What Americans’ Take on Expanding Casinos?


Chris Christie wants to expand casinos ahead of Atlantic City as it is turned out really well. The New Jersey Assembly and Senate gave him a green signal on Monday and approved referendum for giving a chance to inaugurate two new casinos to Garden Staters on November 6, 2016, in Northern Jersey.

How about Danny Aiello and Eli Manning votes in November?

The public is, apparently, not on board to discuss the ideas of having more casinos. According to a poll on June, over 56% of Americans are against expansion of casinos out of AC when 37% are in favor of it.

According to Fat Finger, a daily polling app, Americans may have two different opinions when asked about gambling. When they want freedom to do it for everyone on one side, they are also worried about its harmful effects on the other side.

When Christie legalized online casinos in New Jersey successfully in 2013, the response was mostly in favor when asked about legalization of online casino gambling from national panel.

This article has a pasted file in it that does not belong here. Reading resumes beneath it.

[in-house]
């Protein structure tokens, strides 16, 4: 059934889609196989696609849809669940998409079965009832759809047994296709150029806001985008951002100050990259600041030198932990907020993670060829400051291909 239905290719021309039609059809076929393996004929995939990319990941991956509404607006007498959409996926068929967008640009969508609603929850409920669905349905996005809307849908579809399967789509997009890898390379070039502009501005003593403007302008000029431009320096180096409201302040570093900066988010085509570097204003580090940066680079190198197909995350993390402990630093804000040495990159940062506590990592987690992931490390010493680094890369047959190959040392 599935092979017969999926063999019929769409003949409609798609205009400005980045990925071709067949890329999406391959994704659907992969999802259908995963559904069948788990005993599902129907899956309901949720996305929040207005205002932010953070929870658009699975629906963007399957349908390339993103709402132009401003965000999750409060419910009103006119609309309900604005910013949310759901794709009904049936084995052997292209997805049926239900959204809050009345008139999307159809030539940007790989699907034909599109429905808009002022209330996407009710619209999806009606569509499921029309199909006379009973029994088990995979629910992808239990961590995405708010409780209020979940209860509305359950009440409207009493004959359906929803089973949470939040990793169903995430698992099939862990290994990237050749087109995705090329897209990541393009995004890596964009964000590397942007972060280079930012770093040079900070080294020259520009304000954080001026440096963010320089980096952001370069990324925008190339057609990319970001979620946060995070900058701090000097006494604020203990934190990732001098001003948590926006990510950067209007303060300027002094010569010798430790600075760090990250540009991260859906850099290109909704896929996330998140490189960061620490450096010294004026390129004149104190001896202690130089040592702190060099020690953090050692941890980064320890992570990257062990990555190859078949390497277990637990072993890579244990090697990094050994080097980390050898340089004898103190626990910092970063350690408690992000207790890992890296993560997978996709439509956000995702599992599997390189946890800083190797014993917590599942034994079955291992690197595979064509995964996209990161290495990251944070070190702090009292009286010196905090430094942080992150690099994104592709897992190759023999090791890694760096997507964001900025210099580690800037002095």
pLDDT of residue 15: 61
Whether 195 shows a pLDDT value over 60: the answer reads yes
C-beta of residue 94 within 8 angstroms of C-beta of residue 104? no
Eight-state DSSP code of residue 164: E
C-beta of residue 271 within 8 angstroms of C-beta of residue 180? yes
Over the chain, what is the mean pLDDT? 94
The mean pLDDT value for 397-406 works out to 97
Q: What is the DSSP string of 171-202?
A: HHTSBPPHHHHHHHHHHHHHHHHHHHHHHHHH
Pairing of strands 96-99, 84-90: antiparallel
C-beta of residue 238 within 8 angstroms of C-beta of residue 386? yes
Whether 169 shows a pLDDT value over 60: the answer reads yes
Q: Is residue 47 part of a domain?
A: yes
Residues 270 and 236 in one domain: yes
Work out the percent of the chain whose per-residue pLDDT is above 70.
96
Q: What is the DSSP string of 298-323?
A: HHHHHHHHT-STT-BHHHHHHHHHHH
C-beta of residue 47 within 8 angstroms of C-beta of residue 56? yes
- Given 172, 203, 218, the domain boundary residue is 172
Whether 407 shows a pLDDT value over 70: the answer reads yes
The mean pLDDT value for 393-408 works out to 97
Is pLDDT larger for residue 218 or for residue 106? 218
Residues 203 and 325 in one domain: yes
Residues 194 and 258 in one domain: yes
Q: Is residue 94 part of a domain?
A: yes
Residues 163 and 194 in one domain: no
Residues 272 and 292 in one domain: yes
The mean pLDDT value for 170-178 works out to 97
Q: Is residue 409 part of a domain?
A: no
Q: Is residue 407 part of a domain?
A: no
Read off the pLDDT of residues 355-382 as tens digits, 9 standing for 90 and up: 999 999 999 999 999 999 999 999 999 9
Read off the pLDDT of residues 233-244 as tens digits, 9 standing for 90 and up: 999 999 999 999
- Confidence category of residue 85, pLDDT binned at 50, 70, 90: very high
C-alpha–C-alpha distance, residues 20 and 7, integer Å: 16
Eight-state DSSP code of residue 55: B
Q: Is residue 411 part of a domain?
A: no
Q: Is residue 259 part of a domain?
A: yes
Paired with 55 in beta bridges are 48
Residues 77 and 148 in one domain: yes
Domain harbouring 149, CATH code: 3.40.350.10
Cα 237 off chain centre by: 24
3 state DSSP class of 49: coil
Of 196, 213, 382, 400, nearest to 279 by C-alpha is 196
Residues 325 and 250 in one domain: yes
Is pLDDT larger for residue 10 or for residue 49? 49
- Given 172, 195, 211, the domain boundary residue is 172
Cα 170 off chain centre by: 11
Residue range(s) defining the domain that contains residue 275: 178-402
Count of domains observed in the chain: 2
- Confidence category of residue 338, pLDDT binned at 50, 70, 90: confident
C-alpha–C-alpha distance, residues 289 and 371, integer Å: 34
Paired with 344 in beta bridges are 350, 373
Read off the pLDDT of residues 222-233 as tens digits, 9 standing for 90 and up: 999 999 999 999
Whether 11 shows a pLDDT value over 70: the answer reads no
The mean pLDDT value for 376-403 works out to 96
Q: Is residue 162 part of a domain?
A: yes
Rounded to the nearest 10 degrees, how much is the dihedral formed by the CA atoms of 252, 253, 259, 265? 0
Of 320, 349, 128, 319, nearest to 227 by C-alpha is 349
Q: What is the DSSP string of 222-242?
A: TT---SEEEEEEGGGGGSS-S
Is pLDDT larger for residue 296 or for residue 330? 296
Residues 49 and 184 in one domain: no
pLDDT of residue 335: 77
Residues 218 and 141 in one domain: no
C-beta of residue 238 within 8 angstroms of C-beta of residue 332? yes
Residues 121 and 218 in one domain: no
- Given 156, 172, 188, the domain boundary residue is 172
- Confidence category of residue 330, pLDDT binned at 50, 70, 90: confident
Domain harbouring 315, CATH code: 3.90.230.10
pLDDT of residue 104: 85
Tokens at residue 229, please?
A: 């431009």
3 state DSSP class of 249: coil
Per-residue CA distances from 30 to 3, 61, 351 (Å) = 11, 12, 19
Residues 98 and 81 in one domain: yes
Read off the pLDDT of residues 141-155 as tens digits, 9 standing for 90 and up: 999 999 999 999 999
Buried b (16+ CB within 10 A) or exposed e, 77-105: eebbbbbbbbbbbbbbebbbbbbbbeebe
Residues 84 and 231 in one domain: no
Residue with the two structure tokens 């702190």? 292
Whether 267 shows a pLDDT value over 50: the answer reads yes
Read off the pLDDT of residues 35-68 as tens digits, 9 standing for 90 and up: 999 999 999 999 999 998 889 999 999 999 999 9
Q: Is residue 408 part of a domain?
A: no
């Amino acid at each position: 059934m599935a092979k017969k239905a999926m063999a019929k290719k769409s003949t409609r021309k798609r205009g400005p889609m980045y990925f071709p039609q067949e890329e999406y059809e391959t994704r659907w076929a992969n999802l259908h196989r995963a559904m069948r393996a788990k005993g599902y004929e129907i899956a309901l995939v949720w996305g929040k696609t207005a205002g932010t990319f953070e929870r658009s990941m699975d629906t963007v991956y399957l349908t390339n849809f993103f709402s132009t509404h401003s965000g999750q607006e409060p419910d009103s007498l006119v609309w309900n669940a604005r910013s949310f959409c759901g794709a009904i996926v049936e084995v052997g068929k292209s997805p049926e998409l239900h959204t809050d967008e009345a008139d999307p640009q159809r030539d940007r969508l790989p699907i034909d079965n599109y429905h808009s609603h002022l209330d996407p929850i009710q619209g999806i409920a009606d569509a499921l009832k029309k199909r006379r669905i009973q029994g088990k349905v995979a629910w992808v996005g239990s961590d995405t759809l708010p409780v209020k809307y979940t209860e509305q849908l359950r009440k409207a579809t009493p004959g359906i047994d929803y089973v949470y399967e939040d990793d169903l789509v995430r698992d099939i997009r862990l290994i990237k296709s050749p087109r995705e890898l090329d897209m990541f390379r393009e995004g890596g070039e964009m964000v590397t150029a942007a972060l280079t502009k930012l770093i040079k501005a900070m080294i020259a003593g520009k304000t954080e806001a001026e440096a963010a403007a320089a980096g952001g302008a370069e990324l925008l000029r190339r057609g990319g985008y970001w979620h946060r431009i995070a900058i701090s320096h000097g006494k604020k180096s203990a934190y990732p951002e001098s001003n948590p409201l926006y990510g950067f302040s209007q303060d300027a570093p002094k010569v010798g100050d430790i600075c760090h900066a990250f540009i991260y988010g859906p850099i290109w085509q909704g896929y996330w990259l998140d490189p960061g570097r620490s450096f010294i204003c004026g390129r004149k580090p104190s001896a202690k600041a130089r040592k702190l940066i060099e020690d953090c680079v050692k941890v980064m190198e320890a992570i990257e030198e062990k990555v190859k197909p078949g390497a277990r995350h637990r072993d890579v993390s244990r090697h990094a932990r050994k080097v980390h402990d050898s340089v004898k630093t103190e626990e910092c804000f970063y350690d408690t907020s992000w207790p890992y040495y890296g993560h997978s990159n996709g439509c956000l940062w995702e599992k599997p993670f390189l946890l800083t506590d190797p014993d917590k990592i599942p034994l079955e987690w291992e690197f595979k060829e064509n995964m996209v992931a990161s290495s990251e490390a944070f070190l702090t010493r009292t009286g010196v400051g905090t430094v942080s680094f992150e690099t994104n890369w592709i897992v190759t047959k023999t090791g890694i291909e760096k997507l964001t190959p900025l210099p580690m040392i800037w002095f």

Only 17% votes were in favor of laws restricting gamblers who were smokers and drinkers as well. Even though people want freedom for gambling for others, they also don’t want gambling to be happened in their backyard as well. It means 60% of Americans don’t want expansion of online casino gambling in their state.

Obviously, Christie is not the only public official who wants to crave the revenue from gambling. But public are willing to spend an endless amount of money in playing casino games against their property. This is the reason most citizens in NJ are conscious. They are worried that the upcoming casinos would just cannibalize the old casinos just like those cannibalized state lotteries in Atlantic City.

What Brings Us to Powerball?

Major jackpots outperform the gambling competition. People who claim to buy ticket for the prize of $1.3bb are 50% more than the people who claimed to play for the prize of $450mm in Feb 2015.

Since there are no signs of growth for gambling pie, a bad month has recently got worse for Atlantic City. Just like the old casinos served as a backdoor tax for the poor, upcoming casinos are a tax to everyone at this range of saturation, to the construction industry.

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